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Instrumental performance and results from testing of the BLAST-TNG receiver, submillimeter optics, and MKID detector arrays

Galitzki, Nicholas, Angilè, Francesco E., Ade, Peter, Ashton, Peter, Austermann, Jason, Billings, Tashalee, Che, George, Cho, Hsiao-Mei, Davis, Kristina, Devlin, Mark, Dicker, Simon, Dober, Bradley J., Fissel, Laura M., Fukui, Yasuo, Gao, Jiansong, Gordon, Samuel, Groppi, Christopher E., Hillbrand, Seth, Hilton, Gene C., Hubmayr, Johannes, Irwin, Kent D., Klein, Jeffrey, Li, Dale, Li, Zhi-Yun, Lourie, Nathan P., Lowe, Ian, Mani, Hamdi, Martin, Peter G., Mauskopf, Philip David, McKenney, Christopher, Nati, Federico, Novak, Giles, Pascale, Enzo, Pisano, Giampaolo, Santos, Fabio P., Scott, Douglas, Sinclair, Adrian, Soler, Juan D., Tucker, Carole, Underhill, Matthew, Vissers, Michael and Williams, Paul 2016. Instrumental performance and results from testing of the BLAST-TNG receiver, submillimeter optics, and MKID detector arrays. Presented at: Millimeter, Submillimeter, and Far-Infrared Detectors and Instrumentation for Astronomy VIII, Edinburgh, Scotland, UK, June 26 - 1 July 2016. Published in: Holland, Wayne S. and Zmuidzinas, Jonas eds. Millimeter, Submillimeter, and Far-Infrared Detectors and Instrumentation for Astronomy VIII (Proceedings). Proceedings of SPIE , vol. 9914. Bellingham, WA: Society of Photo-optical Instrumentation Engineers, 99140J. 10.1117/12.2231167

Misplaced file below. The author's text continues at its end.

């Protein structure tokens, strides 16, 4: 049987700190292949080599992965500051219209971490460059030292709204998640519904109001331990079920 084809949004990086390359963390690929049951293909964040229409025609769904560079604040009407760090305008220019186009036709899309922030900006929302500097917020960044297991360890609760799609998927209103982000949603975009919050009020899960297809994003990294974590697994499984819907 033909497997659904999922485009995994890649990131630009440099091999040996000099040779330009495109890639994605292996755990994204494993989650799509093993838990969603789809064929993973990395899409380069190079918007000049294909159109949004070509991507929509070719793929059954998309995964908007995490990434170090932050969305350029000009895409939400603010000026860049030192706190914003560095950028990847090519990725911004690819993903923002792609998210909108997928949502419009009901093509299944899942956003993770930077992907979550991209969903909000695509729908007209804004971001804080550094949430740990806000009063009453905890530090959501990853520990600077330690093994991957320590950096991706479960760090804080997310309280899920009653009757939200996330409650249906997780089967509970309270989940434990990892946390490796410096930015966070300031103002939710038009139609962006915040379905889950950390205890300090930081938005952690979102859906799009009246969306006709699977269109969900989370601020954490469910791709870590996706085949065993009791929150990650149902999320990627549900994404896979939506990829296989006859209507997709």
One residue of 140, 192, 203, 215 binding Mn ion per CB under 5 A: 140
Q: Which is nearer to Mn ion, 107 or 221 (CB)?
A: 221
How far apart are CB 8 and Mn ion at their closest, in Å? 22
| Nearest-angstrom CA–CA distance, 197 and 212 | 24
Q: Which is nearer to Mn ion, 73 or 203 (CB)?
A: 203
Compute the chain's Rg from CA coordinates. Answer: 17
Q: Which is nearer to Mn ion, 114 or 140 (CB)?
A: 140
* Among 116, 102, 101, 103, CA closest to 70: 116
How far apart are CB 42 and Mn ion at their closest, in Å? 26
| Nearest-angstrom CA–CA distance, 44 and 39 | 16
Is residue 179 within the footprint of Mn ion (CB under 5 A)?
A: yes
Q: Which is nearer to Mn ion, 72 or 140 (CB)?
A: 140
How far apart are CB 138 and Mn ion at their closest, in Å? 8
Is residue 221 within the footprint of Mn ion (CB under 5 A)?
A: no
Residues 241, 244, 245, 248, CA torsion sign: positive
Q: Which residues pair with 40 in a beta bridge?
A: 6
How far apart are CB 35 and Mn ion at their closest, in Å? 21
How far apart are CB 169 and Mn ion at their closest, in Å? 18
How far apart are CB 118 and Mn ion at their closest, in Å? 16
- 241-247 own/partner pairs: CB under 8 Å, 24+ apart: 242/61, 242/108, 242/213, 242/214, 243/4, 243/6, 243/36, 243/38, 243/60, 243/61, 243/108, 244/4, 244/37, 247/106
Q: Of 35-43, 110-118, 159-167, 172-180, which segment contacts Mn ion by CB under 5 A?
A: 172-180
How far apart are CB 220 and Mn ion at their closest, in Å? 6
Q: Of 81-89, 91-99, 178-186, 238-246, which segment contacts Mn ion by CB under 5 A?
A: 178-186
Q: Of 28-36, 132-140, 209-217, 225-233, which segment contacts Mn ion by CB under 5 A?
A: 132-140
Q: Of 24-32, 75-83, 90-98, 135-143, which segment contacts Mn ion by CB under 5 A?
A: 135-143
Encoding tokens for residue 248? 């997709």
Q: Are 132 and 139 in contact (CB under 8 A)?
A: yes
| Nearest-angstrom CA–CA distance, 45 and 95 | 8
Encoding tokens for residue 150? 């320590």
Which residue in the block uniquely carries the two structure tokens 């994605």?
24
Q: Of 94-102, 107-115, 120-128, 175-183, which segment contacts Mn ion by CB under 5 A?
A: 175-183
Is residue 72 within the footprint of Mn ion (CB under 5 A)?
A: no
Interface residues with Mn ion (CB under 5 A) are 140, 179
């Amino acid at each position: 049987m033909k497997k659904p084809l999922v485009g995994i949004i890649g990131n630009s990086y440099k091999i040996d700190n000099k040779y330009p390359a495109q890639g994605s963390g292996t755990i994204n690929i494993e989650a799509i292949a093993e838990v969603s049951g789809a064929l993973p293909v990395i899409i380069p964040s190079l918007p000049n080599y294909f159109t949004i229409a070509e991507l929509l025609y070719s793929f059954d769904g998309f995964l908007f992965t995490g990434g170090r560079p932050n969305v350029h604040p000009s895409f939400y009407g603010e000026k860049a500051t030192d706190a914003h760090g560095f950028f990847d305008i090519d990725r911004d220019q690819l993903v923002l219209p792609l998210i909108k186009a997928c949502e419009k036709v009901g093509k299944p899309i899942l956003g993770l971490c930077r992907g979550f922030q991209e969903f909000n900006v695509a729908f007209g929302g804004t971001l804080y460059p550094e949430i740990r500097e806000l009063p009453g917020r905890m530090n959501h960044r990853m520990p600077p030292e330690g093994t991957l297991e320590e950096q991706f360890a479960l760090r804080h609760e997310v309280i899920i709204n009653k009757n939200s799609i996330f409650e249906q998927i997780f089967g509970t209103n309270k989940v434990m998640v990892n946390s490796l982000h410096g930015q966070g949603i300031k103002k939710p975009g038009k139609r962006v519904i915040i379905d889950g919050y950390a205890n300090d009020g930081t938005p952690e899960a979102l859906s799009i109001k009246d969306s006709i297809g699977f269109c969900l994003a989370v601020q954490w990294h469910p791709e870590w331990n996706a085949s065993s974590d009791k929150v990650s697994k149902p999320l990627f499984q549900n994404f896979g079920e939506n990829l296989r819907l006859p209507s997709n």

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Abstract

Polarized thermal emission from interstellar dust grains can be used to map magnetic fields in star forming molecular clouds and the diffuse interstellar medium (ISM). The Balloon-borne Large Aperture Submillimeter Telescope for Polarimetry (BLASTPol) flew from Antarctica in 2010 and 2012 and produced degree-scale polarization maps of several nearby molecular clouds with arcminute resolution. The success of BLASTPol has motivated a next-generation instrument, BLAST-TNG, which will use more than 3000 linear polarization- sensitive microwave kinetic inductance detectors (MKIDs) combined with a 2.5 m diameter carbon fiber primary mirror to make diffraction-limited observations at 250, 350, and 500 µm. With 16 times the mapping speed of BLASTPol, sub-arcminute resolution, and a longer flight time, BLAST-TNG will be able to examine nearby molecular clouds and the diffuse galactic dust polarization spectrum in unprecedented detail. The 250 μm detec- tor array has been integrated into the new cryogenic receiver, and is undergoing testing to establish the optical and polarization characteristics of the instrument. BLAST-TNG will demonstrate the effectiveness of kilo-pixel MKID arrays for applications in submillimeter astronomy. BLAST-TNG is scheduled to fly from Antarctica in December 2017 for 28 days and will be the first balloon-borne telescope to offer a quarter of the flight for “shared risk” observing by the community.

Item Type: Conference or Workshop Item (Paper)
Status: Published
Schools: Physics and Astronomy
Subjects: Q Science > Q Science (General)
Q Science > QB Astronomy
Publisher: Society of Photo-optical Instrumentation Engineers
ISBN: 9781510602076
ISSN: 0277-786X
Last Modified: 28 Dec 2017 20:55
URI: http://orca-mwe.cf.ac.uk/id/eprint/94258

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